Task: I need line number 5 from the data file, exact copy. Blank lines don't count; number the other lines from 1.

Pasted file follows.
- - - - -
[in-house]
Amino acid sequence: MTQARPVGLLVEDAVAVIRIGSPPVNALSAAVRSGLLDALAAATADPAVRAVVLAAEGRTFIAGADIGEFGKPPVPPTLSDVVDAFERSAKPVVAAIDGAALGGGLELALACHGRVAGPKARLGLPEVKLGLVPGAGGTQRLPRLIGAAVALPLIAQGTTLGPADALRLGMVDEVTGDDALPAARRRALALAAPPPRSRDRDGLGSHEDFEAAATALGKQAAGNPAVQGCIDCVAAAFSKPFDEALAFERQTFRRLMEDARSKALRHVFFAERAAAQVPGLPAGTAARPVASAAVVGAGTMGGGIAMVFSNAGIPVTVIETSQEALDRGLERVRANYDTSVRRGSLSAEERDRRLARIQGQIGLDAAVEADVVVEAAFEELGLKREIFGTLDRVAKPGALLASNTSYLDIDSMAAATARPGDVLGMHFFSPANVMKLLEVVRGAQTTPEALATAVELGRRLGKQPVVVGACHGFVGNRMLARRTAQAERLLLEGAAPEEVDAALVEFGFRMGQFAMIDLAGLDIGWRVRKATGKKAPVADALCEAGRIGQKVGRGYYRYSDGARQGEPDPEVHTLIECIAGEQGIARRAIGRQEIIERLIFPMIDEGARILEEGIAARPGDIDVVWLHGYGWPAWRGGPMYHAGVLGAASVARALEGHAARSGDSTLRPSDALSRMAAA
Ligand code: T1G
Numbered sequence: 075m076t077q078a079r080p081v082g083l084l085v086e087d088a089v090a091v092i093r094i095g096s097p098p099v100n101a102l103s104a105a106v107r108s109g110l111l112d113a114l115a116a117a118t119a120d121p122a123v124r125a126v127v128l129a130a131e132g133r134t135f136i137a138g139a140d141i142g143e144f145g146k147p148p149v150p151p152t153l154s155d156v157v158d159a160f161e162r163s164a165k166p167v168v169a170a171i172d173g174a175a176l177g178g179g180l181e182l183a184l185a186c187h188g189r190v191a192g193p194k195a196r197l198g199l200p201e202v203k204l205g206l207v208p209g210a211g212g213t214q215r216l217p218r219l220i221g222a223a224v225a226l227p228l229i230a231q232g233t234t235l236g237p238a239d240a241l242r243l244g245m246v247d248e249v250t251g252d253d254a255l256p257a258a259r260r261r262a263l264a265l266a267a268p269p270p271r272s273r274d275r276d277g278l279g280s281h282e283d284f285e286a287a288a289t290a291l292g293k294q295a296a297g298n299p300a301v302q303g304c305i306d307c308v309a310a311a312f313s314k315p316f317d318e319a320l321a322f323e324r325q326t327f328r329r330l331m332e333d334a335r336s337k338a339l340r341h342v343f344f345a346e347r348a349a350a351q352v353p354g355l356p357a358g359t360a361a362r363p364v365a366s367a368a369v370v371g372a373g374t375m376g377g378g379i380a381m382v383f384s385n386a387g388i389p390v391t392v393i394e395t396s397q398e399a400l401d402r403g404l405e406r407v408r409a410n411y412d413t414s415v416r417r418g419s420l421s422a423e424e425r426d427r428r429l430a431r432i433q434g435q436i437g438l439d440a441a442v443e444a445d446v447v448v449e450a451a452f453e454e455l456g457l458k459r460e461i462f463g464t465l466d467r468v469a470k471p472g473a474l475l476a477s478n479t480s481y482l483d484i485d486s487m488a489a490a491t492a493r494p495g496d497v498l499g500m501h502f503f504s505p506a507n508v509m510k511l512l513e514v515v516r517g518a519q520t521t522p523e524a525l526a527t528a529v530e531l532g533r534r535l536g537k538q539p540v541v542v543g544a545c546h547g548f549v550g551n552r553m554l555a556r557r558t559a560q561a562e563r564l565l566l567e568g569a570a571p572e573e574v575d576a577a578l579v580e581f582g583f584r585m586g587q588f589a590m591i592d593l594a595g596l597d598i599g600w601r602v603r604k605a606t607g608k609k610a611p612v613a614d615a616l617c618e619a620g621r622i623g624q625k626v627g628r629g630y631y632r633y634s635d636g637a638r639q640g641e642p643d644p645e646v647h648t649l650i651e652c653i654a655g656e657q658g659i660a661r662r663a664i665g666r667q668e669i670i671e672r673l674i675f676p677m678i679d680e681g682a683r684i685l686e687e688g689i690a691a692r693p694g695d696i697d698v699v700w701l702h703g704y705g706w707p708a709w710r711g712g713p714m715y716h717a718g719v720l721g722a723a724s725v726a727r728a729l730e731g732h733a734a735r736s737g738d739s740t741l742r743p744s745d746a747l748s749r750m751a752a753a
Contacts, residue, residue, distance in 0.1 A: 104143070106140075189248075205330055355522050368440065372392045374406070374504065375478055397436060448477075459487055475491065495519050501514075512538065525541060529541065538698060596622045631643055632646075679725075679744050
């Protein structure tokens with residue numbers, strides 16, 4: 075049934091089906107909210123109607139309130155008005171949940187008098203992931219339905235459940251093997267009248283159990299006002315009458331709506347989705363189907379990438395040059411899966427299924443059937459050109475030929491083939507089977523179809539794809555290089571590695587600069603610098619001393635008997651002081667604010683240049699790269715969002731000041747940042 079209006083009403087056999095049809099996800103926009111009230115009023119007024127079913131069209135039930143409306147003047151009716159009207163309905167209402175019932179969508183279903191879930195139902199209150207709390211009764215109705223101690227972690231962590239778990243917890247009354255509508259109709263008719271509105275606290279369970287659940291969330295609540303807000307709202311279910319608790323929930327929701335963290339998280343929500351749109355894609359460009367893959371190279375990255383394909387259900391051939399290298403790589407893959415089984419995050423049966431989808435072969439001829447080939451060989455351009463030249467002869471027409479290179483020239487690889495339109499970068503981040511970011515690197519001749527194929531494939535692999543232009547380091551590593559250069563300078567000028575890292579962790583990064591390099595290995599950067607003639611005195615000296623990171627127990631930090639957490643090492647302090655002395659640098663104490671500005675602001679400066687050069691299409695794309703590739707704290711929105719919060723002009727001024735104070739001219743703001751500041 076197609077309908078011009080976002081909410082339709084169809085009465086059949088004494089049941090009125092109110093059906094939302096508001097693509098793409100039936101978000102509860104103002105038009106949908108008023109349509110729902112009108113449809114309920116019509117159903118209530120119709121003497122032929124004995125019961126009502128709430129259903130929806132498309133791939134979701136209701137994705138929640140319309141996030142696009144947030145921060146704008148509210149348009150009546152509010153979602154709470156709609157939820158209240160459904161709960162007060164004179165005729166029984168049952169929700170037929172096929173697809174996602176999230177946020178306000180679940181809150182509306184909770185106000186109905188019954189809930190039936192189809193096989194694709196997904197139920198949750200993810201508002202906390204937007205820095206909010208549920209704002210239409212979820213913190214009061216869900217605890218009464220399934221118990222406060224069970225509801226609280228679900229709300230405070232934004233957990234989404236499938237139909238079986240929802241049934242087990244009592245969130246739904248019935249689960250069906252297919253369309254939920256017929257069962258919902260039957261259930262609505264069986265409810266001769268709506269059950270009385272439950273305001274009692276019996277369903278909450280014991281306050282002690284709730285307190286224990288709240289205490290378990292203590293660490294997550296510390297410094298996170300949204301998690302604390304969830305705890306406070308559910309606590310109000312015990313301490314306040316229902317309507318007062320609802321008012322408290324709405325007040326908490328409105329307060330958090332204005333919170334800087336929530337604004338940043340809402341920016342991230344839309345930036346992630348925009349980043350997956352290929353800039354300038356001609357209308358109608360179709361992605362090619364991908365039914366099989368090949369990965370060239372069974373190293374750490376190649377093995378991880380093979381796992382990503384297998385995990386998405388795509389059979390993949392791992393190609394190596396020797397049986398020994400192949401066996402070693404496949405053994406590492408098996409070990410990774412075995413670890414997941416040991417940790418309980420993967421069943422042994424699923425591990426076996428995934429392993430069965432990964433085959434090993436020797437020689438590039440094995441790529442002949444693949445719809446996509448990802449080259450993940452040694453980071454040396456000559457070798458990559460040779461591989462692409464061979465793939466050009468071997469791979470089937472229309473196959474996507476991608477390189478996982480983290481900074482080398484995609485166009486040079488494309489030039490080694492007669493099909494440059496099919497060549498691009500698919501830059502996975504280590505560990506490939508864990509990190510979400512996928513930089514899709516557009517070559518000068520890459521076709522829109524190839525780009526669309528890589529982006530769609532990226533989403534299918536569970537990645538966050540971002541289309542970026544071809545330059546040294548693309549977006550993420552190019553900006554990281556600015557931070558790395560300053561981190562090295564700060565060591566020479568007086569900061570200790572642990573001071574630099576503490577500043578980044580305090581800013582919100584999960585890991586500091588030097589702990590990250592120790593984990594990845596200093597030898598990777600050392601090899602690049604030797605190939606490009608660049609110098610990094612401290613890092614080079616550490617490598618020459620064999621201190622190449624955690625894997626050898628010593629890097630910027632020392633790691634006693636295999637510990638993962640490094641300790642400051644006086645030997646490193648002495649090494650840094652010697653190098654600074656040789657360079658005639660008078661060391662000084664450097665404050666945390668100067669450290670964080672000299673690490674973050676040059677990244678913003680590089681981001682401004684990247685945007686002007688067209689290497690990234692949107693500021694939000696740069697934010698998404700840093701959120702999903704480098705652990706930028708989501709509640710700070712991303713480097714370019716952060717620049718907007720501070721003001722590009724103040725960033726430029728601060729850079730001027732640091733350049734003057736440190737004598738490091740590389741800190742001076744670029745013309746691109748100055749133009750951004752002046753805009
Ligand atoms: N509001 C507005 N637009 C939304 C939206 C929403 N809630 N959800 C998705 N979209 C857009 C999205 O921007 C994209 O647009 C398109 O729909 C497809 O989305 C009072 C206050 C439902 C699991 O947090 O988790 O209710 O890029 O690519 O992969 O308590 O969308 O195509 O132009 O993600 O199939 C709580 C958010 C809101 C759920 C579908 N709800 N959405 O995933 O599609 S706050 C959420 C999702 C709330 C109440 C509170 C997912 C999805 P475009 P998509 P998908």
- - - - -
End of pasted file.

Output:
Contacts, residue, residue, distance in 0.1 A: 104143070106140075189248075205330055355522050368440065372392045374406070374504065375478055397436060448477075459487055475491065495519050501514075512538065525541060529541065538698060596622045631643055632646075679725075679744050